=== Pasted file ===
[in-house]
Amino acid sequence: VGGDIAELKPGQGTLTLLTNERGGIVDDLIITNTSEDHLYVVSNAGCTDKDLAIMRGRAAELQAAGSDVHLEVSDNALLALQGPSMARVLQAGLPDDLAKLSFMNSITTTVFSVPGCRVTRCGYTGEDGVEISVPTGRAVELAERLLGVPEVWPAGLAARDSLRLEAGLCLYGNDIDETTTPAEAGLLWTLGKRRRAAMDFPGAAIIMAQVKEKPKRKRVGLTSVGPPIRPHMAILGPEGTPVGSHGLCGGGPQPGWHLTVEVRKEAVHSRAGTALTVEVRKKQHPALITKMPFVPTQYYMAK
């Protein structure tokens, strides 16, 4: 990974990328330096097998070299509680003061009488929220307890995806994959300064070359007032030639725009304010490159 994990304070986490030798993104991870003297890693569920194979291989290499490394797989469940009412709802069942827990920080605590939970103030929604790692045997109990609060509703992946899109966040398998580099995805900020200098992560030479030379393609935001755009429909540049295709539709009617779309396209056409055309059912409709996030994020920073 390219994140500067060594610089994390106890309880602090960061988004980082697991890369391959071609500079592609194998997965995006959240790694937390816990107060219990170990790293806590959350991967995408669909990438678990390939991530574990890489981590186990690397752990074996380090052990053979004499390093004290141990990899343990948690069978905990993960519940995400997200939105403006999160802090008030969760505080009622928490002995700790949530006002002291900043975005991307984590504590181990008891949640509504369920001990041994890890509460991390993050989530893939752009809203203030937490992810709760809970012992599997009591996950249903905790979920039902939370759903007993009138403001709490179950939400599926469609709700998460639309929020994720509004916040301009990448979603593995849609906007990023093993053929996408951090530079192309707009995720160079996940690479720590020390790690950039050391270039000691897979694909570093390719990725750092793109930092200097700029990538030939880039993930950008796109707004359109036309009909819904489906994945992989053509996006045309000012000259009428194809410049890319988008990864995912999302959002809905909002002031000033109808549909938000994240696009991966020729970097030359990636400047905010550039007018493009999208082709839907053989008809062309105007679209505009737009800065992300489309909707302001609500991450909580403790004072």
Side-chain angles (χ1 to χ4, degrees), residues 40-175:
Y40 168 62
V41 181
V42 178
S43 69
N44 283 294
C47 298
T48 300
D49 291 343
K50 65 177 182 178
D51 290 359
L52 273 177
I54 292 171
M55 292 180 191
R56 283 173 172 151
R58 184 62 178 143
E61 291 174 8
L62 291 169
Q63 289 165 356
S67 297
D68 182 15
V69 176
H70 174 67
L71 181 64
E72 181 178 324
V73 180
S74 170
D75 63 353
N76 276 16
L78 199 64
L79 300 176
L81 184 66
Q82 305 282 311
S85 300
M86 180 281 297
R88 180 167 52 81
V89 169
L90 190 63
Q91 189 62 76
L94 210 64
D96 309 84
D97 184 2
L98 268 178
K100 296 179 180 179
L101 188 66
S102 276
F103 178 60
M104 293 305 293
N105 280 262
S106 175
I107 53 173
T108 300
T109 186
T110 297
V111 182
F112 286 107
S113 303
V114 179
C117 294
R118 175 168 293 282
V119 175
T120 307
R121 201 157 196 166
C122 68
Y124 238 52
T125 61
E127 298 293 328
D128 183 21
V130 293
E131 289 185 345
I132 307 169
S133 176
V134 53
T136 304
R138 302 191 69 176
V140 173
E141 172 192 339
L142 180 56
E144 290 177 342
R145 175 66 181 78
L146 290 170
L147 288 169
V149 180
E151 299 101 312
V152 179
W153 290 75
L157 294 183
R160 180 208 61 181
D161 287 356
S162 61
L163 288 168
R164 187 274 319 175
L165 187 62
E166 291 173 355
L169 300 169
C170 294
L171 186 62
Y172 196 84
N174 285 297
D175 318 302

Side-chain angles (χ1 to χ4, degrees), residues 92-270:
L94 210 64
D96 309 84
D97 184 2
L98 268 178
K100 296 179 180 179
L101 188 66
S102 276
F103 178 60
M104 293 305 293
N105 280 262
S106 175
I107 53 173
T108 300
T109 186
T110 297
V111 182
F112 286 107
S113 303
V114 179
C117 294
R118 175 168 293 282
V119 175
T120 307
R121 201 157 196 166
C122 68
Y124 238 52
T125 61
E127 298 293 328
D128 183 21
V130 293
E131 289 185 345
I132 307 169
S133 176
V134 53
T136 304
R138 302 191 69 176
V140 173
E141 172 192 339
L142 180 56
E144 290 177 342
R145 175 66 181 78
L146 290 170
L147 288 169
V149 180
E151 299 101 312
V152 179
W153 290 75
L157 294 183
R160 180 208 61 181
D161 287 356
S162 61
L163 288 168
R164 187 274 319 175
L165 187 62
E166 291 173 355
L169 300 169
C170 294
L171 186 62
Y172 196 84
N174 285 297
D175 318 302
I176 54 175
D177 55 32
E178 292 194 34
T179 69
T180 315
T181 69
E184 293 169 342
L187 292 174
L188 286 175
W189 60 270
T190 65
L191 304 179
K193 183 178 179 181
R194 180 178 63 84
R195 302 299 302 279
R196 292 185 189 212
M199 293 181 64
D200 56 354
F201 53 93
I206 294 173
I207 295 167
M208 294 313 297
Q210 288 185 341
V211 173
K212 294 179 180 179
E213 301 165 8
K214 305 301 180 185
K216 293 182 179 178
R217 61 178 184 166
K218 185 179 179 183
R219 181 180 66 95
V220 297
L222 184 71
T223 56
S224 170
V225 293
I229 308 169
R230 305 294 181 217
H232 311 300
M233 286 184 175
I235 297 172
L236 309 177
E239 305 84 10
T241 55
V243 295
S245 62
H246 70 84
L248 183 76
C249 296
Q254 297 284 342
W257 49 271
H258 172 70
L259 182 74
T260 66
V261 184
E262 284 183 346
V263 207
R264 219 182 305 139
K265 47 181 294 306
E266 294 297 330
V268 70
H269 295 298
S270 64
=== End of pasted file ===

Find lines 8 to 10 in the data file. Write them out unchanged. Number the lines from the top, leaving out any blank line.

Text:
S43 69
N44 283 294
C47 298